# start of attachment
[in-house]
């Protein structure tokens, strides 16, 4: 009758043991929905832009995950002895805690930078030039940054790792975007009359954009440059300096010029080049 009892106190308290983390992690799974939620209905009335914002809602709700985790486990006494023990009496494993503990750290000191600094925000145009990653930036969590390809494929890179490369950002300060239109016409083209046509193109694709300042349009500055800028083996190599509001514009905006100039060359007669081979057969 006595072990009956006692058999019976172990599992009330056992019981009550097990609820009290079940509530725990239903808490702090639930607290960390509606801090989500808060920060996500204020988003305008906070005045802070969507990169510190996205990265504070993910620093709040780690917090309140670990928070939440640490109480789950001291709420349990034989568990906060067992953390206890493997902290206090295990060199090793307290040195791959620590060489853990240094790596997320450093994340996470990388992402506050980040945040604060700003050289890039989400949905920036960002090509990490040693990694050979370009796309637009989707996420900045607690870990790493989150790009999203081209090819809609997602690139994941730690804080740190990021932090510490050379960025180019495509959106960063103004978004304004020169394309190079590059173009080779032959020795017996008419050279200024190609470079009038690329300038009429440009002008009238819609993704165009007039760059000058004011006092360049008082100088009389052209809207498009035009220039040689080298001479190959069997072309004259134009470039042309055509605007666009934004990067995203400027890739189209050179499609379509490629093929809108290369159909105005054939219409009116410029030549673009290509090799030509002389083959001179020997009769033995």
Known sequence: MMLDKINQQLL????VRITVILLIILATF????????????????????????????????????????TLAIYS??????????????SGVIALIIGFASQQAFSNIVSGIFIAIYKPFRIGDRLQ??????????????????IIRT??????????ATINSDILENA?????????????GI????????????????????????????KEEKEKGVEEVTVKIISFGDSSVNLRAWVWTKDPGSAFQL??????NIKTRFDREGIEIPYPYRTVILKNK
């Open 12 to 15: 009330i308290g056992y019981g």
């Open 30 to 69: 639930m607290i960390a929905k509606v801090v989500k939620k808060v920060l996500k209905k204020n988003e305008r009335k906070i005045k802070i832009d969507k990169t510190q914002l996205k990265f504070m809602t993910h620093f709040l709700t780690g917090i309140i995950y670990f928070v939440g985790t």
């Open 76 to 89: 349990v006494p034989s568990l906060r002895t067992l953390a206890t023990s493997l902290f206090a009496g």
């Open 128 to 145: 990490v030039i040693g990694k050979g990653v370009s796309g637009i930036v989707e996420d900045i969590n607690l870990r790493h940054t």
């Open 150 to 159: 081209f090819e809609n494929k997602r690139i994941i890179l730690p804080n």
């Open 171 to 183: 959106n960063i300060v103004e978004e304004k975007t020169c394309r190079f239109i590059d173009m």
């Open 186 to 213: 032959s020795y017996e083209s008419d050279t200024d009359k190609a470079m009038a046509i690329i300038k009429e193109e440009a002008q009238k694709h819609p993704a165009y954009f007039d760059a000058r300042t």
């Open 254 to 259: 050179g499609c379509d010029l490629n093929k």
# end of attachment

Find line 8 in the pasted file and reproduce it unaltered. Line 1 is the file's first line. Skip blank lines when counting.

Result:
């Open 150 to 159: 081209f090819e809609n494929k997602r690139i994941i890179l730690p804080n």